The OP is asking how to copy a file from one directory to another creating the filesystem hierarchy if required. For this you'll need to either create the filesystem first using mkdir -p or pass the --parents parameter to cp.


--
Steve

When one person suffers from a delusion it is insanity. When many people suffer from a delusion it is called religion.


--
ubuntu-users mailing list
ubuntu-users@lists.ubuntu.com
Modify settings or unsubscribe at: https://lists.ubuntu.com/mailman/listinfo/ubuntu-users
 
Old 10-24-2011, 12:12 PM
David Shochat
 
Default find and cp with directory structure.

On Mon, Oct 24, 2011 at 7:47 AM, Steve Flynn <anothermindbomb@gmail.com> wrote:
> On 24 October 2011 12:00, David Shochat <david.shochat@gmail.com> wrote:
>
>>
>> Perl's File::Find module is great for this sort of thing, assuming you
>> know Perl.
>
>
> You think the File:Find module can be used to create parent directories?
Of course you can create directories in Perl. You can do anything in
Perl that can be done in the shell.

It should be pointed out that the question and its solutions are
equally applicable to all Unix-like systems, including MacOSX, so
maybe another forum...

It is probably possible to do it with the find command, and I'm going
to investigate the --parents switch that you mention since that's new
to me. I've just found that many things that are tricky with find are
much more straightforward (and in some cases run much faster) using
File::Find.
-- David

--
ubuntu-users mailing list
ubuntu-users@lists.ubuntu.com
Modify settings or unsubscribe at: https://lists.ubuntu.com/mailman/listinfo/ubuntu-users
 
Old 10-24-2011, 01:27 PM
David Shochat
 
Default find and cp with directory structure.

On Mon, Oct 24, 2011 at 7:38 AM, Nils Kassube <kassube@gmx.net> wrote:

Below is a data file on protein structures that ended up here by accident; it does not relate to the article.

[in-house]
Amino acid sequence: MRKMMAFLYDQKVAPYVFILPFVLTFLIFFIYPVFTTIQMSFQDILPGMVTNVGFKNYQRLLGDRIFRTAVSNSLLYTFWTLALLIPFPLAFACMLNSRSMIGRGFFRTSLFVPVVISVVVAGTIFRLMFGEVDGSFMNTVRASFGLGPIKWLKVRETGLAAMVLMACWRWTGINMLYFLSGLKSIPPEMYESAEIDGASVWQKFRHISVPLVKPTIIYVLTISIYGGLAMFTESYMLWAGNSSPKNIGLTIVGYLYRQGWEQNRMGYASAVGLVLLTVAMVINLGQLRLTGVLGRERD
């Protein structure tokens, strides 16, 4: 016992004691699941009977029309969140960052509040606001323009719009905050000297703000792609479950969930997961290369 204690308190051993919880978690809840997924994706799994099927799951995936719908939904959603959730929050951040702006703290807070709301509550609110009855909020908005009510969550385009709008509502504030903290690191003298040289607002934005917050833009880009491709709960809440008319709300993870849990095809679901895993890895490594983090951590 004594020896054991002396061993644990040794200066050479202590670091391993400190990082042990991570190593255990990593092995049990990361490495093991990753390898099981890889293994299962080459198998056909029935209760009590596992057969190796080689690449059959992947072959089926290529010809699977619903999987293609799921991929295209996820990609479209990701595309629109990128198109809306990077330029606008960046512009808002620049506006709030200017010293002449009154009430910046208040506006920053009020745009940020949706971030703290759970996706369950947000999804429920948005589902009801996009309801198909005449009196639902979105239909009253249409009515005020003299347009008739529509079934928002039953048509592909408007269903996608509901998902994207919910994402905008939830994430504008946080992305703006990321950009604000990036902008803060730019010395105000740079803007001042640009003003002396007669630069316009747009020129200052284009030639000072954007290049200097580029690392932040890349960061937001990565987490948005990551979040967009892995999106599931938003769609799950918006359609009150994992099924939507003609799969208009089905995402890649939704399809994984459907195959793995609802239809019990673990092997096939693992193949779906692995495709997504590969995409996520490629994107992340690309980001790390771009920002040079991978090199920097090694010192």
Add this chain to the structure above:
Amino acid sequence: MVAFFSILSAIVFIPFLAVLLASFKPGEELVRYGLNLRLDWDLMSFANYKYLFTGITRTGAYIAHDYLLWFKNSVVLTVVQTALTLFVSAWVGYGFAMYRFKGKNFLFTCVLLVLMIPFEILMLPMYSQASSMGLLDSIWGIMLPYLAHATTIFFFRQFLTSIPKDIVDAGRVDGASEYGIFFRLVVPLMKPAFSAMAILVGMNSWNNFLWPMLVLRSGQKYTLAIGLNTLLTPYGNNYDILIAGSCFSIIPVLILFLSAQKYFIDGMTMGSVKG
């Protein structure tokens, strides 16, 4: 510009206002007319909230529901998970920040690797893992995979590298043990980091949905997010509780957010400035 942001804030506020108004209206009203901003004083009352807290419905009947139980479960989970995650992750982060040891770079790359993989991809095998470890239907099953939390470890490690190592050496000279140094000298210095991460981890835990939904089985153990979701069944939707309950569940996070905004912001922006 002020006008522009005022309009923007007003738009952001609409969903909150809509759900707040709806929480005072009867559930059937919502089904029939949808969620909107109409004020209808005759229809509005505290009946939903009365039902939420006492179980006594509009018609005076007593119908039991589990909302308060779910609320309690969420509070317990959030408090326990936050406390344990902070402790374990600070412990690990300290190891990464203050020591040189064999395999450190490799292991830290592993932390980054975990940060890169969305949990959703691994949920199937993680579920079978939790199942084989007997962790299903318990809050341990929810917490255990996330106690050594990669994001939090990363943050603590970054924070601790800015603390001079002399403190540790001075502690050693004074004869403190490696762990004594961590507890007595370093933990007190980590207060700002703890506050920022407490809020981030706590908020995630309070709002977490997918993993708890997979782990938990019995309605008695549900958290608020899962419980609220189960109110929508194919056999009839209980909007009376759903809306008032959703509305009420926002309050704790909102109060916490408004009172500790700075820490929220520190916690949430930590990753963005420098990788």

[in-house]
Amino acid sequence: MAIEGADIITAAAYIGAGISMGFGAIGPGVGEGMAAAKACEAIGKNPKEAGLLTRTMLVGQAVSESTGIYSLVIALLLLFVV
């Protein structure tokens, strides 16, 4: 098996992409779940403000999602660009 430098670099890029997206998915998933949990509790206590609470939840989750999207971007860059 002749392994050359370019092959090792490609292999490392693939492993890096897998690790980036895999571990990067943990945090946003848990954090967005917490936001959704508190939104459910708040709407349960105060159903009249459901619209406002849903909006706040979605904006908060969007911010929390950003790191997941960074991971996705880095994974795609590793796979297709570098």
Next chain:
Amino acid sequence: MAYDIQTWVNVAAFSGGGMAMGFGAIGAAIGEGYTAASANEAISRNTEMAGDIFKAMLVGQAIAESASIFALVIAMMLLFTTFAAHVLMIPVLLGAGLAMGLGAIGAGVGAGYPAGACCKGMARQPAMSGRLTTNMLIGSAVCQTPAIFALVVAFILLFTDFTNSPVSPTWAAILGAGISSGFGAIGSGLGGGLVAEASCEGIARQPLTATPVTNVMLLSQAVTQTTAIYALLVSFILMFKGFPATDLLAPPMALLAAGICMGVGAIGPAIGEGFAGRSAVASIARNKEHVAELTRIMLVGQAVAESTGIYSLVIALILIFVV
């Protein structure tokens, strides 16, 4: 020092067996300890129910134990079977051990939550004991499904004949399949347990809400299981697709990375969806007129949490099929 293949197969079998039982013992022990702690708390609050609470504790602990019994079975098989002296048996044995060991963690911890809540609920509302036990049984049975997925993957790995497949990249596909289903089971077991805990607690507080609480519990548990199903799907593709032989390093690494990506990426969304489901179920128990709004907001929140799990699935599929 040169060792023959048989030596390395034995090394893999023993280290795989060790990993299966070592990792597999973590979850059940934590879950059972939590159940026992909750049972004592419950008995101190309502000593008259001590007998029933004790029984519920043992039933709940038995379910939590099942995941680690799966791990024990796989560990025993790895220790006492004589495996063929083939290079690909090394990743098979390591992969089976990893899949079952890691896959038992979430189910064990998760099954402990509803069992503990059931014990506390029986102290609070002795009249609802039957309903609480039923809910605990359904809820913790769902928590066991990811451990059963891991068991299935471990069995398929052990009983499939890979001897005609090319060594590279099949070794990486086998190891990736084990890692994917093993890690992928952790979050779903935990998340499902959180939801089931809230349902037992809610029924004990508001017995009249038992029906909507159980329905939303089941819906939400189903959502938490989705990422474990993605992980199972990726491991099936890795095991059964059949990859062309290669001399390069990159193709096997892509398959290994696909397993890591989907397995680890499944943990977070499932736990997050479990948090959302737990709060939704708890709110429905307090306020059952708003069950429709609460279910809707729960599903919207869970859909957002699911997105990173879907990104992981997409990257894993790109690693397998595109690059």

> Wipe_Out wrote:
>> I am trying to keep a directory with only the files that have changed
>> in the last 30 days (nothing earlier).. I am trying this command..
>>
>> find /mnt/Scheduling/ -type f -mtime -30 -exec cp -r {}
>> /home/ftpuser/attendance_registers/ ;
>>
>> I have tried with and without the "-type f" option but it only copies
>> the files from all directories of the source to the root of the
>> destination.. Even using "cp -r" made no difference because
>> obviously find is just passing the filename to the cp command..
>
> The find command passes the filename including path, but cp only uses
> the filename for the destination. If you want to copy the path as well,
> you could try the "--parents" option to the cp command.
>
Hopefully Wipe_Out is all set based on your suggestion. Since you said
"could try" and "--parents" was new to me, I did try it and it did
work. It worked with and without "-type f" but complained about the
directories without it. Also, we do not want the "-r" in the cp
command, since his point was to copy only some of the files (and
"-type f" makes it vacuous anyway). Might want a "-p" though to
preserve timestamps.
-- David

--
ubuntu-users mailing list
ubuntu-users@lists.ubuntu.com
Modify settings or unsubscribe at: https://lists.ubuntu.com/mailman/listinfo/ubuntu-users
 
Old 10-24-2011, 01:54 PM
Wipe_Out
 
Default find and cp with directory structure.

On 24 October 2011 14:27, David Shochat <david.shochat@gmail.com> wrote:

On Mon, Oct 24, 2011 at 7:38 AM, Nils Kassube <kassube@gmx.net> wrote:

> Wipe_Out wrote:

>> I am trying to keep a directory with only the files that have changed

>> in the last 30 days (nothing earlier).. I am trying this command..

>>

>> find /mnt/Scheduling/ -type f -mtime -30 -exec cp -r {}

>> /home/ftpuser/attendance_registers/ ;

>>

>> I have tried with and without the "-type f" option but it only copies